Child homelessness increases every month during Minister English’s tenure – Tóibín
Sinn Féin TD for Meath West Peadar Tóibín has said that the amount of vacant or derelict houses in the county is unacceptable and is contributing to ever increasing homelessness figures. Deputy Tóibín has entreated Minister Damien English to act, particularly in light of rising child homelessness.
Deputy Tóibín TD said:
“There are 5,000 vacant houses in County Meath. One in nine commercial properties in the county is still vacant ten years after the crash. In towns such as Navan and Ashbourne, the level of commercial vacancy is as high as one in seven properties. The current level of house vacancy in the State is twice what it should be in a normal housing market.
“Towns such as Clonmellon, Delvin, and Oldcastle have been literally gutted by vacancy. There are a number of reasons for this. My view is that speculators are sitting on vacant, derelict houses waiting for prices to go up before they put them back on the market. According to the census, there are more vacant houses in County Meath than there are people on the housing waiting list. It is an incredible figure.
“A constituent contacted me recently to say that in the main street in Enfield, 50 people could be housed in the boarded-up or vacant.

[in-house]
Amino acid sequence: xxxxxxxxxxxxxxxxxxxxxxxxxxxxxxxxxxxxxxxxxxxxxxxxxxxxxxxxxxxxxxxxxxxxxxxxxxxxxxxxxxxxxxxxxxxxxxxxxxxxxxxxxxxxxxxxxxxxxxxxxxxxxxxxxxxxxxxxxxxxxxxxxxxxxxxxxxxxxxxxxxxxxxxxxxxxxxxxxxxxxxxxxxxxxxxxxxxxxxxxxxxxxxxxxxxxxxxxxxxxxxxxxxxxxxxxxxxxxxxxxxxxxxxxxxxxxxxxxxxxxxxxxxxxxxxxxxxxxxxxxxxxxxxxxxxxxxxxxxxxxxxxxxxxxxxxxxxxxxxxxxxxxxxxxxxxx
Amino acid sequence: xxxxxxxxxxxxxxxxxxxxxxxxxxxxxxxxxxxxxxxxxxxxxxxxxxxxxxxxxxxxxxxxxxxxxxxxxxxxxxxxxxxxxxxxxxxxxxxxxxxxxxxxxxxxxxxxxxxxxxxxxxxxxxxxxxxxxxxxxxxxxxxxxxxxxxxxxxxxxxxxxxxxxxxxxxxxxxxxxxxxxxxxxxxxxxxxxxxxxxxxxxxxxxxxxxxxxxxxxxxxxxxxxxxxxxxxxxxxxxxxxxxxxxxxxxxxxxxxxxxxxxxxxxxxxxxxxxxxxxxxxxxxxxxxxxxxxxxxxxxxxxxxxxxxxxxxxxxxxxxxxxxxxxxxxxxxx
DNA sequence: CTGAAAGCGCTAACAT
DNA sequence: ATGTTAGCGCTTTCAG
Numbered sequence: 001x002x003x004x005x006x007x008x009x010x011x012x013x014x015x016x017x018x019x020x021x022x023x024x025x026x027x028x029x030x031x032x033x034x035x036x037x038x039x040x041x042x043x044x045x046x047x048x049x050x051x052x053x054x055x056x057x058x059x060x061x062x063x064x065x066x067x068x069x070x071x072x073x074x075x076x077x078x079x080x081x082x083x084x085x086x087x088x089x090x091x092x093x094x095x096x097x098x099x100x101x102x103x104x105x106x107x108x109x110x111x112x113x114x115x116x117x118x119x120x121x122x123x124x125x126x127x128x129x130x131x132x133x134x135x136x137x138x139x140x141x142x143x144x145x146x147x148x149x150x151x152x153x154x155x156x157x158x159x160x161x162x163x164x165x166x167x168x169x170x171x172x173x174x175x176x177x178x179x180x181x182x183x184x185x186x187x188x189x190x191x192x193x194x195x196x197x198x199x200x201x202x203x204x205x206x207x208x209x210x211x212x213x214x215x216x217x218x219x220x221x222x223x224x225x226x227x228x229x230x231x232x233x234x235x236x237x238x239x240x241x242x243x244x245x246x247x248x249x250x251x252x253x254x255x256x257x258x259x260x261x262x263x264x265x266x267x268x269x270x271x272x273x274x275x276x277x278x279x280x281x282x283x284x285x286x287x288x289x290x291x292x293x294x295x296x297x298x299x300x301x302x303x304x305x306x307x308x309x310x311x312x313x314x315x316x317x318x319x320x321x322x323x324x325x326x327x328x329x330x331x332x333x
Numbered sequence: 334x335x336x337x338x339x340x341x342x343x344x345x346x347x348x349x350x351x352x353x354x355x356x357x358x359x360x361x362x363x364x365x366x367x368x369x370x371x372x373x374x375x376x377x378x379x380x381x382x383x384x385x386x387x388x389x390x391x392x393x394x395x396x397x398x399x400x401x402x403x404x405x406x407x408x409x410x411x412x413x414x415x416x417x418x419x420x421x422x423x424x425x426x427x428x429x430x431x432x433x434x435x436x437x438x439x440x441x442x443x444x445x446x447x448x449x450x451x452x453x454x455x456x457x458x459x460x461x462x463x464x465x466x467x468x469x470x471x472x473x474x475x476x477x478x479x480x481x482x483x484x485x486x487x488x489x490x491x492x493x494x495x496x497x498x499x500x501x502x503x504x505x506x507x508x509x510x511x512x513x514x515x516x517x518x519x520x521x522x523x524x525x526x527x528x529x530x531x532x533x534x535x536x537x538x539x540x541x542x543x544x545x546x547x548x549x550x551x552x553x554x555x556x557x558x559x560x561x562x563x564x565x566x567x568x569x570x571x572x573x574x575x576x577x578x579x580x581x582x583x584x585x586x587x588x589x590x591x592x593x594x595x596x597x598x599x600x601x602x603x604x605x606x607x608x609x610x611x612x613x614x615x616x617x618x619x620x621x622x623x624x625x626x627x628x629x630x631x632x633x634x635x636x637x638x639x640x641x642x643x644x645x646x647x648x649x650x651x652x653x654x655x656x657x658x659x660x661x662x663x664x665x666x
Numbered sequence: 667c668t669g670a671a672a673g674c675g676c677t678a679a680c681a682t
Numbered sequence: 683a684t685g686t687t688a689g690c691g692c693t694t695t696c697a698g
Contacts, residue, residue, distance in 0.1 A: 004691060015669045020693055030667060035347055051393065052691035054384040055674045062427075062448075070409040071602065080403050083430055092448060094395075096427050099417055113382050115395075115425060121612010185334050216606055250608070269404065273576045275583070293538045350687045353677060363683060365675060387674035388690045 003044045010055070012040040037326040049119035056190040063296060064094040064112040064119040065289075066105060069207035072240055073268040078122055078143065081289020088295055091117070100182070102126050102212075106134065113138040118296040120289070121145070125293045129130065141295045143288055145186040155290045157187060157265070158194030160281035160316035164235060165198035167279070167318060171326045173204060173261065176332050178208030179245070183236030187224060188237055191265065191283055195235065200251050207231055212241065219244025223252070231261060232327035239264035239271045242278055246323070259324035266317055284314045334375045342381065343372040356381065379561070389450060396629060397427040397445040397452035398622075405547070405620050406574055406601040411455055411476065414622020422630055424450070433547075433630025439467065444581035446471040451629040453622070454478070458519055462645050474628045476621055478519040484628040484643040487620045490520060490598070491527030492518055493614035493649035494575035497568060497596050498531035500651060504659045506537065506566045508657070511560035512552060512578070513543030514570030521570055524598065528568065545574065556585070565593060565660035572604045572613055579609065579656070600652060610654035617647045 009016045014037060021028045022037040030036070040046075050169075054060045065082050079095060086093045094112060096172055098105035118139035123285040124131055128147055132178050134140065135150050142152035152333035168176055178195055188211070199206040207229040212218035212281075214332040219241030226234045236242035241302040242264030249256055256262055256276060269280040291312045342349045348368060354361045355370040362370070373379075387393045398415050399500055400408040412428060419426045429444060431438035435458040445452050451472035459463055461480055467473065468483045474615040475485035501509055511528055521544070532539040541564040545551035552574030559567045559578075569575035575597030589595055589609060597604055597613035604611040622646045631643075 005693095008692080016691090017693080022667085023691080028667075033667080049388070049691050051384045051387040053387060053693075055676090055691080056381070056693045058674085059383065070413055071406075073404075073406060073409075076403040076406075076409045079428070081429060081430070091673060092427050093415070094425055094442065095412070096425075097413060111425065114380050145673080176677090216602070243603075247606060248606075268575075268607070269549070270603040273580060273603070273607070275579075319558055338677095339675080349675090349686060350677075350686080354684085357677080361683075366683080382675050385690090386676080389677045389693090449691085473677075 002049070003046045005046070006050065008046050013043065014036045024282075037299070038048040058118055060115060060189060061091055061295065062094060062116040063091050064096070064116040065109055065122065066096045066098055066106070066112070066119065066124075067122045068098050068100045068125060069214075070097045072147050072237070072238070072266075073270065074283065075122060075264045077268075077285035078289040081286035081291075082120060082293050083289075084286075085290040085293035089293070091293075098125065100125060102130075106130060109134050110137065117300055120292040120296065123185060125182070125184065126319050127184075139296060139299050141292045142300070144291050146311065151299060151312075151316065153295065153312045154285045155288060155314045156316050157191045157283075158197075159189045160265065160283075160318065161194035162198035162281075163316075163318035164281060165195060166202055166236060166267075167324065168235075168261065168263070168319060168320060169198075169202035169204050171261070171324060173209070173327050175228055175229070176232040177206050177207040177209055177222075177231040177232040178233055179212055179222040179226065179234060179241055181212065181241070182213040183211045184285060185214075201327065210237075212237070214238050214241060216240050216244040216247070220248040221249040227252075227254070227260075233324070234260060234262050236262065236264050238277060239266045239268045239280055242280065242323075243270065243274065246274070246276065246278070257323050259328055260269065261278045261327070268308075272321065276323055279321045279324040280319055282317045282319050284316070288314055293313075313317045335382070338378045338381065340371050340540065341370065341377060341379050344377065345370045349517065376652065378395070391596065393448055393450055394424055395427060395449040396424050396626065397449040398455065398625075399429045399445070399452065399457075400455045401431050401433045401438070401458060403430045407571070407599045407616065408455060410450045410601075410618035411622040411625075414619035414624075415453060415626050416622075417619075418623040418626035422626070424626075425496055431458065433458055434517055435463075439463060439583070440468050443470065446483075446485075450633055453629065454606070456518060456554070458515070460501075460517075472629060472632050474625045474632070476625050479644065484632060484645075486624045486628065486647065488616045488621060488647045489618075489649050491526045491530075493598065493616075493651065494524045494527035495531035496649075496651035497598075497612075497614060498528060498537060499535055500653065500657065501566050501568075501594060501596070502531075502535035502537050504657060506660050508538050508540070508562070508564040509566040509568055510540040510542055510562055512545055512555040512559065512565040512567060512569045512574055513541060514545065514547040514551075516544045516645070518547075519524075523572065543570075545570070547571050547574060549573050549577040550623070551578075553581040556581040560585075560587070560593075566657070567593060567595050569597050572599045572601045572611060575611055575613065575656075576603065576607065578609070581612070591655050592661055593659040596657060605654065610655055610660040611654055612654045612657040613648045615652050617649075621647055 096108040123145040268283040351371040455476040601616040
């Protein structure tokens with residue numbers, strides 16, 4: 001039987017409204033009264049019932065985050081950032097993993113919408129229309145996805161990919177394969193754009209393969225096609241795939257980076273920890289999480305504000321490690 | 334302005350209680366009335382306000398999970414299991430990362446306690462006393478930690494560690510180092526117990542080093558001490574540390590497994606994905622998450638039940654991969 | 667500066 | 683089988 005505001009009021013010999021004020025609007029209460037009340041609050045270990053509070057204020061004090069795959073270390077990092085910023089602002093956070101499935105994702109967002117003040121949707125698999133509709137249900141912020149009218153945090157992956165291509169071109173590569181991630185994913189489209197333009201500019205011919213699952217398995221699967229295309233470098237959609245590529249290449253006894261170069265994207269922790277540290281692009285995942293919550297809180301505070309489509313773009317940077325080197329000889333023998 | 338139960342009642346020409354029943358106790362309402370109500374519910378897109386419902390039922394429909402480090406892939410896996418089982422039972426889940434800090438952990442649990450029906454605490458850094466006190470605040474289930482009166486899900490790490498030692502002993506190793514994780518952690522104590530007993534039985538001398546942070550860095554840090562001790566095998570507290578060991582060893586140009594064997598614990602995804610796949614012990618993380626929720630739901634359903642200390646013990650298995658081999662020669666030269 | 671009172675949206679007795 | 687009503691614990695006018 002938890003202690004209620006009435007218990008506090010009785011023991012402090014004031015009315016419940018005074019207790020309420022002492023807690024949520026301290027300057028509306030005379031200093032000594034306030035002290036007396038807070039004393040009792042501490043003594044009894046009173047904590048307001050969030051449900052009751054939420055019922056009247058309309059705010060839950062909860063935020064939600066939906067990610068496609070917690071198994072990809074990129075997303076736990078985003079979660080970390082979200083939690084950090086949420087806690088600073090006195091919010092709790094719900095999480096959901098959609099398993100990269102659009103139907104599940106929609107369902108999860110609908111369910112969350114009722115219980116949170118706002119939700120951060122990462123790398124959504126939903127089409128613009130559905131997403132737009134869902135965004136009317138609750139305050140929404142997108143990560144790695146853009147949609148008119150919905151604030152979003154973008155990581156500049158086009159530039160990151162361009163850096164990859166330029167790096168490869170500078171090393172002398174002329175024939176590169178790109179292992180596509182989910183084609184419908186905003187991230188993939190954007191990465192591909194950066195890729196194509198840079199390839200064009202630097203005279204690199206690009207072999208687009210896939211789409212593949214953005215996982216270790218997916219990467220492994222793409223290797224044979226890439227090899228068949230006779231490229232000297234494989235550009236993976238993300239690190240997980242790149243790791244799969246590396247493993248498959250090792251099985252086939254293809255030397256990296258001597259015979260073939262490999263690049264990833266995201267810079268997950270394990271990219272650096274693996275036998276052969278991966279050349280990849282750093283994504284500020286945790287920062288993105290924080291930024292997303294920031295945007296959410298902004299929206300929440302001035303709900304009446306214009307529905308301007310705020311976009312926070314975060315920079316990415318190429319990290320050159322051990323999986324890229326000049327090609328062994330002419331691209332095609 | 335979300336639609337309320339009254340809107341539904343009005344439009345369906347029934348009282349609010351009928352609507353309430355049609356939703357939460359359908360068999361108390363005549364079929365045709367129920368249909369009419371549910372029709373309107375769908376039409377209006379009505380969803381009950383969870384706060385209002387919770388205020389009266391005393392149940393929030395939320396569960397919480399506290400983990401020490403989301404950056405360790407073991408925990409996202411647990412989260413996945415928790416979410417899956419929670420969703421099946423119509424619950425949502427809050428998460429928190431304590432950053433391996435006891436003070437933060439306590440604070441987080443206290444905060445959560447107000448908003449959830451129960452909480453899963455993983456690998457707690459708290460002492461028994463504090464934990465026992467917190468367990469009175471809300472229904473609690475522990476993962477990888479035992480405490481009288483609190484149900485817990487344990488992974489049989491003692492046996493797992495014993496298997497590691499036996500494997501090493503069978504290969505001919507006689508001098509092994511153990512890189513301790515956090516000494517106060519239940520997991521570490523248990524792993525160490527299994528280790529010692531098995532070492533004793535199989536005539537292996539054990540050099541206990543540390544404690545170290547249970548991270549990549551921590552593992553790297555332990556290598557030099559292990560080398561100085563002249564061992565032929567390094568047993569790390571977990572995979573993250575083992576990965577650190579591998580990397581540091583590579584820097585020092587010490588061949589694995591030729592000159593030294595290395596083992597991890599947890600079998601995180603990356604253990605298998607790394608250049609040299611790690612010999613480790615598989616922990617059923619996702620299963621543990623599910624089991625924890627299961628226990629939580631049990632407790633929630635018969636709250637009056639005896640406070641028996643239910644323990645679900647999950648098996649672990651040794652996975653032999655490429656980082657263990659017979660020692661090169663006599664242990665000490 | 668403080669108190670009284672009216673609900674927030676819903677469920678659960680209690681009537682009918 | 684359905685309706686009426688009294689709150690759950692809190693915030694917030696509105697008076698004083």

“That such vacancy sits side by side with such need shows the inept, rudderless spatial planning that exists in this State. The outcome of this State inaction is massive. There are 8,000 people homeless including 3,000 children. You would be able to house every homeless child in the country in the vacant houses of Meath alone.
“There are 100,000 on the waiting list for housing and the vibrancy of town centres across the country is greatly diminished. There is a series of streets in my town, Navan, which is completely derelict. Boarded-up houses and shops are blighting communities. Anti-social behaviour in these vacant houses is rife.
“The Government efforts to resolve this issue have been paltry. The repair and lease scheme, which aimed to bring vacant and damaged properties back into circulation around the country, has had very little take up. In County Meath at the end of summer, only two properties had availed of this scheme. Meath County Council, which began setting up a vacant sites register since the start of the year, had registered no sites by summer.
“We are urging Minister Damien English to get serious on this issue, provide the necessary funding to transform derelict houses into homes, strengthen the legislation to allow local authorities compulsory purchase order of long term derelict houses and tax homes and sites that are vacant due to speculators seeking higher profits.”